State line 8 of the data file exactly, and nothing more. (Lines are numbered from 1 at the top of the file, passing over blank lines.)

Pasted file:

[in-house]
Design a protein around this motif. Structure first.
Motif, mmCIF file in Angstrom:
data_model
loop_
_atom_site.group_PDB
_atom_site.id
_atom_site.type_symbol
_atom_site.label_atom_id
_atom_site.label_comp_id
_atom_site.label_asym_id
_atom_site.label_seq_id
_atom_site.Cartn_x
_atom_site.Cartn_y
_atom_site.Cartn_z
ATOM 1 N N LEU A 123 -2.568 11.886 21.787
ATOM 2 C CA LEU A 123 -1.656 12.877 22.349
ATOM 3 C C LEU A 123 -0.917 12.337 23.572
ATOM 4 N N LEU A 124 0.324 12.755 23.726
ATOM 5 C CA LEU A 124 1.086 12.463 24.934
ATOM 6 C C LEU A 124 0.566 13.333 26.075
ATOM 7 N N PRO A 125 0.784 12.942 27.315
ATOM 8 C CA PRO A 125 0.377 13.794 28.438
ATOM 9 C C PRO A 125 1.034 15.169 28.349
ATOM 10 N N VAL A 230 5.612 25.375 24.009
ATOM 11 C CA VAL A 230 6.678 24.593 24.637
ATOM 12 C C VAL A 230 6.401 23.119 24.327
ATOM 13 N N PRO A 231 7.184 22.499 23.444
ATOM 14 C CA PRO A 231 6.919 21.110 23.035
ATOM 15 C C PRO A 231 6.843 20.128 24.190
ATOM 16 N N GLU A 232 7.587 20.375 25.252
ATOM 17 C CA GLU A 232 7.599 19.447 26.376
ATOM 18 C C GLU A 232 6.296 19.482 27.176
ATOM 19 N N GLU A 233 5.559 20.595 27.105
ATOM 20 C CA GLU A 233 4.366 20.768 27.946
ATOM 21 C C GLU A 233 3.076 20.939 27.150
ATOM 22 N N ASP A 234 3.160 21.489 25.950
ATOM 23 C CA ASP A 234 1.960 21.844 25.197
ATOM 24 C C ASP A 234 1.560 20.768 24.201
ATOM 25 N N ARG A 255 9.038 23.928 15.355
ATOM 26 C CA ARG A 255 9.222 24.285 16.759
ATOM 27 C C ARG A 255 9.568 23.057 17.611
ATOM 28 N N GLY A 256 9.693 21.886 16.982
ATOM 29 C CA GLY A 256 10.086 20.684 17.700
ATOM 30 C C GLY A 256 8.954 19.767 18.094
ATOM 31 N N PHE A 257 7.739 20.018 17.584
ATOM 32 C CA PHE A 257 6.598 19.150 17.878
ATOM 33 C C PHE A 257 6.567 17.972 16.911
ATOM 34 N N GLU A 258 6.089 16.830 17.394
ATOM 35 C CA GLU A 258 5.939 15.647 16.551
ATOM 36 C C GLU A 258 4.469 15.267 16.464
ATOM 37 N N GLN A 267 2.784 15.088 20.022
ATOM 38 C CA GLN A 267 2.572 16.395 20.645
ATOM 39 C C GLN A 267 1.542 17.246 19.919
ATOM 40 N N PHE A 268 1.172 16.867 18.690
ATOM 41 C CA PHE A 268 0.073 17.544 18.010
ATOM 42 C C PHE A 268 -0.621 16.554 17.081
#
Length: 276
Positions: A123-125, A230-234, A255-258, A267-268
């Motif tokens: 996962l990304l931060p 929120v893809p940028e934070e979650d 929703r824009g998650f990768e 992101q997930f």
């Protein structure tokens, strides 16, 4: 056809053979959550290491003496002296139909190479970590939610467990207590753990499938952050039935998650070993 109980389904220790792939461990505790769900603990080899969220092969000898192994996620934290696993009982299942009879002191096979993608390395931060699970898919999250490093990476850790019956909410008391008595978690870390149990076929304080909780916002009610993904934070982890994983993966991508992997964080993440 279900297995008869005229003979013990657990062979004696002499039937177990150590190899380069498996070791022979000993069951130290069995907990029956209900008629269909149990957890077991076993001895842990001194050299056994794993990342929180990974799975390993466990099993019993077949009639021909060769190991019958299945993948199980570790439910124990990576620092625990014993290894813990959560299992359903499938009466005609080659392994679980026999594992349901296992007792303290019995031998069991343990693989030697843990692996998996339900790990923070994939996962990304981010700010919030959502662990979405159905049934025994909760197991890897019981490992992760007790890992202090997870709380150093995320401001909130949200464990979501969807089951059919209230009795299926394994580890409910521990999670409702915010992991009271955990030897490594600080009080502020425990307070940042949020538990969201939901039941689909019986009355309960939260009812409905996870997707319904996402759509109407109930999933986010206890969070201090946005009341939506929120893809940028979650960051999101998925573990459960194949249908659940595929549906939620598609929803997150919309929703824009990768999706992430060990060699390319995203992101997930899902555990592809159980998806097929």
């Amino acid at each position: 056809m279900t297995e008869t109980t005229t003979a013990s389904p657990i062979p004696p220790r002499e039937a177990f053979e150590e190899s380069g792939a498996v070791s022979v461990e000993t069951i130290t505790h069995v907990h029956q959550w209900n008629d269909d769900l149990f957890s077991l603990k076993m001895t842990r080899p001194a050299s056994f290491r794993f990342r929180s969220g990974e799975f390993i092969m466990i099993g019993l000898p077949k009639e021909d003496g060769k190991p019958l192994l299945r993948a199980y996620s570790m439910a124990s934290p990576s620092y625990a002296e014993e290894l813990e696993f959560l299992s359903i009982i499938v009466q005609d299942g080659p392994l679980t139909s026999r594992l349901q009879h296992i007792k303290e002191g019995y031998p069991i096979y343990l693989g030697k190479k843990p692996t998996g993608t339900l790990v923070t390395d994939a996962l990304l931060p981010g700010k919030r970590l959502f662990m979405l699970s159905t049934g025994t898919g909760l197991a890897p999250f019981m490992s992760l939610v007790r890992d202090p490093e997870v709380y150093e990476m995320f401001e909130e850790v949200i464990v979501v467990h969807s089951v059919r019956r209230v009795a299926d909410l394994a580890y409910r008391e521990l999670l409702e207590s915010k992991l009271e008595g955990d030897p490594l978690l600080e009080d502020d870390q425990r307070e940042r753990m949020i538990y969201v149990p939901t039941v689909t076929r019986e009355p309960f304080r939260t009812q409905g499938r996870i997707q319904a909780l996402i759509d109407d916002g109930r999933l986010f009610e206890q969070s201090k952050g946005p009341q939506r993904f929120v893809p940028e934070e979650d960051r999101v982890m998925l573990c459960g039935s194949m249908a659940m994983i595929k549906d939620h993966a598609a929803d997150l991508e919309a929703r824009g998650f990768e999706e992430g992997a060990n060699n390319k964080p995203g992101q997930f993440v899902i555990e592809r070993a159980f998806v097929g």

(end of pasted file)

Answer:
_atom_site.type_symbol